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Senate Votes to Let Export-Import Bank Live On

In an uncommon Sunday session, the Senate voted to resurrect the presently unauthorized Export-Import Bank, which provides the loan guarantees that help American companies do business abroad.

On a 67-26 roll-call vote, the Senate added language to a federal highway and infrastructure bill that would renew the bank’s authorization to conduct new transactions, which expired on June 30. That bill is expected to pass the Senate early this week, but its fate in the House remains uncertain.

The discussion surrounding what to do with the languishing EXIM Bank has caused a divide between conservatives and Republican leaders. According to The New York Times, activist conservative groups like Heritage Action and Freedom Partners saw the bank and its status as an opportunity to get back at President Obama after their efforts to defund the Affordable Care Act and reverse the president’s executive orders on immigration failed.

“They hoped that if they could make sure Congress did nothing to save the bank, its future lending operations would go dark this summer,” The Times reported.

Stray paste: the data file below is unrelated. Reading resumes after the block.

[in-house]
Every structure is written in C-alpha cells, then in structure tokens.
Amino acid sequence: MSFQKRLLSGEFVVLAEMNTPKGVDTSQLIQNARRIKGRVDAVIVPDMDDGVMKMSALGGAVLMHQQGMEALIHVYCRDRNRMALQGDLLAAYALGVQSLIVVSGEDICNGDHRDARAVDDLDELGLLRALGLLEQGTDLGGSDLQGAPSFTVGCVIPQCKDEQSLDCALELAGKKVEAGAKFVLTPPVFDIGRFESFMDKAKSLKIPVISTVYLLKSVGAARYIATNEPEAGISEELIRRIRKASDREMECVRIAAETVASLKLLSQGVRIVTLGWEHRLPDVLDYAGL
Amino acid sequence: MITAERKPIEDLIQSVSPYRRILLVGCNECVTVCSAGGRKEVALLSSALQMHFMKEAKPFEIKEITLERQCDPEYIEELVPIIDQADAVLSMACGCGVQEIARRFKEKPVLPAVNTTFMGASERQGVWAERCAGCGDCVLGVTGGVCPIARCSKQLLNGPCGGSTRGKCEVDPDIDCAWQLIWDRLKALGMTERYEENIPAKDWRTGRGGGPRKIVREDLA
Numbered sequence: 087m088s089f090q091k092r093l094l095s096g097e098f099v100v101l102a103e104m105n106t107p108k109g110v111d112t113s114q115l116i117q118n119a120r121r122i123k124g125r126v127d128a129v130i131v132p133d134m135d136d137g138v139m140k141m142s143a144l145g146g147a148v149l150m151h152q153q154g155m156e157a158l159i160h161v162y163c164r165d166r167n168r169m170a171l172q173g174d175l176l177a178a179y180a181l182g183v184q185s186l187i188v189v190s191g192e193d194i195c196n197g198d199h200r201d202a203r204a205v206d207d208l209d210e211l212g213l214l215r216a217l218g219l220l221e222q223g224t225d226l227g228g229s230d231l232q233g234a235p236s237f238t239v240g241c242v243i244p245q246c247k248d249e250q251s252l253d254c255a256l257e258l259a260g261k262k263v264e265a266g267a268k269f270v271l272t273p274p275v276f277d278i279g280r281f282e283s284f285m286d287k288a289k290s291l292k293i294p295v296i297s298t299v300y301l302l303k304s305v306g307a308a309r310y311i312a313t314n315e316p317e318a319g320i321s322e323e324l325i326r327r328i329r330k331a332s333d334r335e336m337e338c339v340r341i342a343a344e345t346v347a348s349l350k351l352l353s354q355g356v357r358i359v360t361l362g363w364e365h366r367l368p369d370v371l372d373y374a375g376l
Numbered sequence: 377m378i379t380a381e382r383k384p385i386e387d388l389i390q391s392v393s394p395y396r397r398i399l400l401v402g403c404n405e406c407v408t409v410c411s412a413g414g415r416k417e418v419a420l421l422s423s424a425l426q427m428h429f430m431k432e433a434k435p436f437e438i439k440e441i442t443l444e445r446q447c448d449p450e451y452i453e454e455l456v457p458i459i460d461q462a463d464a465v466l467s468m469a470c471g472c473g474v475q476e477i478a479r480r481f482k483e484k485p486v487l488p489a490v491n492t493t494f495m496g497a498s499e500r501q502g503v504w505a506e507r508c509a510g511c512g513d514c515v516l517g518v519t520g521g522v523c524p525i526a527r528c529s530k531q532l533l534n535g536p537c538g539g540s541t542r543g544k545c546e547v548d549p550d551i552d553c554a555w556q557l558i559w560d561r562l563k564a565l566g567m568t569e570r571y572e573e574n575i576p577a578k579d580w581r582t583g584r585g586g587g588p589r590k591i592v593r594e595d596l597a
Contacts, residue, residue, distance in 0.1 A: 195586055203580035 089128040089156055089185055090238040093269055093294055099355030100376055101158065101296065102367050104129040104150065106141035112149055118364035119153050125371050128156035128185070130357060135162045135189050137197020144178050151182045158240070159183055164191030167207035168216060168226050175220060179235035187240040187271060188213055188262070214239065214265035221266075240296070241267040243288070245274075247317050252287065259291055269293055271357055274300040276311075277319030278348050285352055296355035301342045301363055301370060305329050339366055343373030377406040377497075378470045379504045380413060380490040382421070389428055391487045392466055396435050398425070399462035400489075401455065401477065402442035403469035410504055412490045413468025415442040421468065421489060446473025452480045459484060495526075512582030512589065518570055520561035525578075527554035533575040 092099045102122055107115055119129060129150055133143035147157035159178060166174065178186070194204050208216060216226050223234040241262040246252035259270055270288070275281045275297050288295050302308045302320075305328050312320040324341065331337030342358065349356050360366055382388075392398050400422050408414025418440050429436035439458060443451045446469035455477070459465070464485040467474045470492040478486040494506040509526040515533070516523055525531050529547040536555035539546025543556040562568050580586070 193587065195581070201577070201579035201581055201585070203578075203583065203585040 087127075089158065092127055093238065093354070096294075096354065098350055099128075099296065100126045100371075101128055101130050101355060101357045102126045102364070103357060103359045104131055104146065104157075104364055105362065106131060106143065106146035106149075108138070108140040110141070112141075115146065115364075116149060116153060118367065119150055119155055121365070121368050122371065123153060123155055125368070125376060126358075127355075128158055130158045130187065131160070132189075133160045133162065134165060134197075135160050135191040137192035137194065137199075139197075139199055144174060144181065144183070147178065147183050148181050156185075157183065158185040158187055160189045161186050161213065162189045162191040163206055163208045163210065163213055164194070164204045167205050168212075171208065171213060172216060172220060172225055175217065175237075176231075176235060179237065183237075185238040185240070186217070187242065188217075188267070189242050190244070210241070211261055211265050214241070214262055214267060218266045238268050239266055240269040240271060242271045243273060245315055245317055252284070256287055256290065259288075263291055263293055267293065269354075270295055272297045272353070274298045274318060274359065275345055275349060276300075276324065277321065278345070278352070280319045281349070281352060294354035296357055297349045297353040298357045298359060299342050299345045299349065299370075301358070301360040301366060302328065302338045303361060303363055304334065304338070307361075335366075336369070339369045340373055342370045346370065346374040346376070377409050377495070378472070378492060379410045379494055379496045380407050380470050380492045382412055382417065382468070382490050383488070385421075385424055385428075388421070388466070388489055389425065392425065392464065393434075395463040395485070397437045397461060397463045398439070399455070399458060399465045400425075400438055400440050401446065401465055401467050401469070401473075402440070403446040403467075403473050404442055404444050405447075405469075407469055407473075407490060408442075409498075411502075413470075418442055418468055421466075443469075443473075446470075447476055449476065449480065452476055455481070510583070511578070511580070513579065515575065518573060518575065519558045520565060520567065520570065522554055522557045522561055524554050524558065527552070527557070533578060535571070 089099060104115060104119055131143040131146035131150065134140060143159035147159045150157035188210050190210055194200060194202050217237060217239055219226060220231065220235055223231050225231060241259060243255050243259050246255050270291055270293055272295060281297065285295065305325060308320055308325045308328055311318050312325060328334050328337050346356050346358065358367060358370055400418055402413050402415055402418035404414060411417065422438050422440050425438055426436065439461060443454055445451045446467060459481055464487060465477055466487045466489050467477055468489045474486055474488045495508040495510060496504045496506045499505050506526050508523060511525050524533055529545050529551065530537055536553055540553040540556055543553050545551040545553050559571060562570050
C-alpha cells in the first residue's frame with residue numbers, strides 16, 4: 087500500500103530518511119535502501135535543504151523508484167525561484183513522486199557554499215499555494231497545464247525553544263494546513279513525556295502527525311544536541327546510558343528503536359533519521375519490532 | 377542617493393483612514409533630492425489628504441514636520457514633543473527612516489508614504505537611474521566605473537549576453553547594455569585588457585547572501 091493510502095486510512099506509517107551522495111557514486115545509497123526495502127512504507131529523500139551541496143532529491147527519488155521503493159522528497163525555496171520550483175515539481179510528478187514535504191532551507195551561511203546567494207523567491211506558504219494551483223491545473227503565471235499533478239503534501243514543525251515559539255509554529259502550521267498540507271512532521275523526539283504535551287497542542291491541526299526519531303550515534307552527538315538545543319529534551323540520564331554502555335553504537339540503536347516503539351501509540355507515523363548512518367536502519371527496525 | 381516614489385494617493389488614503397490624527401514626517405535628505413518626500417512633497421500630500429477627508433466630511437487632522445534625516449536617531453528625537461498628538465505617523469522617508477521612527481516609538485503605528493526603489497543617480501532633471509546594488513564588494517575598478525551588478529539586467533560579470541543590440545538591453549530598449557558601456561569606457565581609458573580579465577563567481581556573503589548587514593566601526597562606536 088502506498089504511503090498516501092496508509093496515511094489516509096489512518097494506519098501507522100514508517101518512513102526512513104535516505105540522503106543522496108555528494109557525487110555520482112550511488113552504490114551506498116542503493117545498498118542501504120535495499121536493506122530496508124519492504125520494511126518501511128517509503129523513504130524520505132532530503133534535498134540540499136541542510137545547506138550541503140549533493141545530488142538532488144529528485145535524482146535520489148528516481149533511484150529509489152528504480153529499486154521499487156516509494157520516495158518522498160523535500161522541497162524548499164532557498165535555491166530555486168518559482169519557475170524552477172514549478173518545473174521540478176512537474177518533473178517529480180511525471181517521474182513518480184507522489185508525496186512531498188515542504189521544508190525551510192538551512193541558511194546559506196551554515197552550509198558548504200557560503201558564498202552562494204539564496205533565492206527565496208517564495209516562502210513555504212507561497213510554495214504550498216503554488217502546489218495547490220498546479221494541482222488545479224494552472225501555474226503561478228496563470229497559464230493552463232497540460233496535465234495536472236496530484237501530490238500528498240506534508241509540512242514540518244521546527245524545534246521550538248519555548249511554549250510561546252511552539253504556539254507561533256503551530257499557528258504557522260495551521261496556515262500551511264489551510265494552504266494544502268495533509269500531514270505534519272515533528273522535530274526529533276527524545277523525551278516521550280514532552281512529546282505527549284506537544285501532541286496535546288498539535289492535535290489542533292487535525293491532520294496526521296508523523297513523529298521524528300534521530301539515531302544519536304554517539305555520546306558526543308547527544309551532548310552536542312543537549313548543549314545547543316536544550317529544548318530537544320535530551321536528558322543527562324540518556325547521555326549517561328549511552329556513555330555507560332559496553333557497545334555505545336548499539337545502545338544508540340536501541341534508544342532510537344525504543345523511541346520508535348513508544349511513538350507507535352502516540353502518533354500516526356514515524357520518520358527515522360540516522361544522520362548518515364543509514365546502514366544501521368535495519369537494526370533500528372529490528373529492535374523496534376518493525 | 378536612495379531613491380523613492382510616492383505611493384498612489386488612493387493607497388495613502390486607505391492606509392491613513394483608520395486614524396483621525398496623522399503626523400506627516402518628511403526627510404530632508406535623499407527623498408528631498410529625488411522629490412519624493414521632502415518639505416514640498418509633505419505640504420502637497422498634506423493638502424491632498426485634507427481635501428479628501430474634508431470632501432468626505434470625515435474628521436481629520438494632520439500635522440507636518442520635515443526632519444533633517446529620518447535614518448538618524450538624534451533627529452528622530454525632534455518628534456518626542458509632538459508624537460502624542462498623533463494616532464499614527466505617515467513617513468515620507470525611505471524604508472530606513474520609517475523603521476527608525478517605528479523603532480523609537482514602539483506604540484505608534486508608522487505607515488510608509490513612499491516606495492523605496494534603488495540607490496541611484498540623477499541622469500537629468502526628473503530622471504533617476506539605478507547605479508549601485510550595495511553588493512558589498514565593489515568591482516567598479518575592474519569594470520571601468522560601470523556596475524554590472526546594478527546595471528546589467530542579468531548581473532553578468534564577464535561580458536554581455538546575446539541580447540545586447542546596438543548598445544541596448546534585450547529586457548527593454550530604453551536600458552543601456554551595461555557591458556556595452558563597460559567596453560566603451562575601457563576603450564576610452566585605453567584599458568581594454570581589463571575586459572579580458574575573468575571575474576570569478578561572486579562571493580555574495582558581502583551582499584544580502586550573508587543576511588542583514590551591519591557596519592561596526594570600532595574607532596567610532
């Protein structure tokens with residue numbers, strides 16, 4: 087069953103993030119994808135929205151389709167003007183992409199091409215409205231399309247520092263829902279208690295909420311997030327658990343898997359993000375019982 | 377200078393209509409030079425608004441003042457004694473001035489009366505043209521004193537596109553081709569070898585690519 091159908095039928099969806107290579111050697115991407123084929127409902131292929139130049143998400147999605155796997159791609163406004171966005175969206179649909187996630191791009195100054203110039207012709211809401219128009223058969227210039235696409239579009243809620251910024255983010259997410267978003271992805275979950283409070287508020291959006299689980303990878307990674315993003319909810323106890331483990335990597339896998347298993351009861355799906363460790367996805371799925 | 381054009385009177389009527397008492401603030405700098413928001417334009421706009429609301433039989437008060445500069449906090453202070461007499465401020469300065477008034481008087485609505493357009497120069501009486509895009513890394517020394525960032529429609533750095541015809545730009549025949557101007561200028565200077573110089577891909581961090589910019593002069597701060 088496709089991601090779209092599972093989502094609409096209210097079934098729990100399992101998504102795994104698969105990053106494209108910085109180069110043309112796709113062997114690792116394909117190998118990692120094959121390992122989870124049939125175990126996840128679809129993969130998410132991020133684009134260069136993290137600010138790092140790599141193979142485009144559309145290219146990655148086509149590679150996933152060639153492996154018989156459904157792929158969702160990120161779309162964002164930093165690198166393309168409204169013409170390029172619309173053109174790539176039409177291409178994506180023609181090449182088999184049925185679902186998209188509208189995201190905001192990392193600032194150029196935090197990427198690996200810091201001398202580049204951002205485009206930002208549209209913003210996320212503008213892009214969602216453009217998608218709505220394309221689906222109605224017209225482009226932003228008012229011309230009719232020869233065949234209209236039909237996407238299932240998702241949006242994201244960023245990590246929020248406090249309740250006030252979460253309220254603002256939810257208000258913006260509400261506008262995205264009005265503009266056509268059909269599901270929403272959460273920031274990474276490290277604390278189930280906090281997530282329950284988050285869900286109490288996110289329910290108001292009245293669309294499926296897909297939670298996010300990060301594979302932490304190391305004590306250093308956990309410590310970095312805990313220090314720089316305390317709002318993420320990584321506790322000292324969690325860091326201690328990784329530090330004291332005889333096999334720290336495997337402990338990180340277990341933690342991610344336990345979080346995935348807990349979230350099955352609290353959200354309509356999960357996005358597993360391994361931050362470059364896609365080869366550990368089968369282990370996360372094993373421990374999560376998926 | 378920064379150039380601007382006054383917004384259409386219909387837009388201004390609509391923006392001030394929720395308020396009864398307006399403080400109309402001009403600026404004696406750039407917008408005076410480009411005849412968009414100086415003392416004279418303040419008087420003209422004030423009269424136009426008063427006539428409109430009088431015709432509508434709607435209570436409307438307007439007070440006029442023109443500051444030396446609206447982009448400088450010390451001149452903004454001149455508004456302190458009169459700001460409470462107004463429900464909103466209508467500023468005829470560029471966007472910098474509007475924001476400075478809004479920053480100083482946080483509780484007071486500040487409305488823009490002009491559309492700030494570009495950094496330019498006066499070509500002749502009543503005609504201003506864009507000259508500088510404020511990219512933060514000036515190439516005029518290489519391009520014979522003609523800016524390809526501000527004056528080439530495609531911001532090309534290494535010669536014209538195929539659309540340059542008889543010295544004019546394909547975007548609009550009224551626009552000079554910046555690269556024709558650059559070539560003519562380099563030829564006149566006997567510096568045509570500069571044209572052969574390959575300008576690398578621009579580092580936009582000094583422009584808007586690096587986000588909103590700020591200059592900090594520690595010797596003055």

Opponents of the bank’s reauthorization say its existence is a form of corporate welfare, while supporters point to the fact that many other countries use similar means to get their companies to sell successfully to global markets, as well as highlight the jobs the bank provides.

Senate Democratic leader Harry Reid (D-NV) said on the floor Sunday that it was time for Republicans to “move on” and not take another “politically motivated vote.”

“Companies like Boeing, Caterpillar, General Electric, Honeywell, along with dozens of companies in sparsely populated Nevada, along with thousands of small businesses across this country, use this Bank to find a market for billions of dollars of their exports,” Reid said.

In 2015 alone, he said, the EXIM bank supported 165,000 domestic jobs.

Sunday’s Senate vote doesn’t mean the bank will soon be able to execute new lending transactions, however. The House already passed a short-term highway bill this month that would replenish the trust fund for highway programs until mid-December as lawmakers work out a longer-term plan.

That funding for highway programs will otherwise run out on Friday, just as Congress breaks for six-weeks.

If the House bats down the Senate’s highway bill, with the EXIM reauthorization attached, before Congress heads out for recess, things could be bleak for the bank as the Senate may have little other choice than to vote on the House’s version of highway bill that comes sans the EXIM Bank inclusion.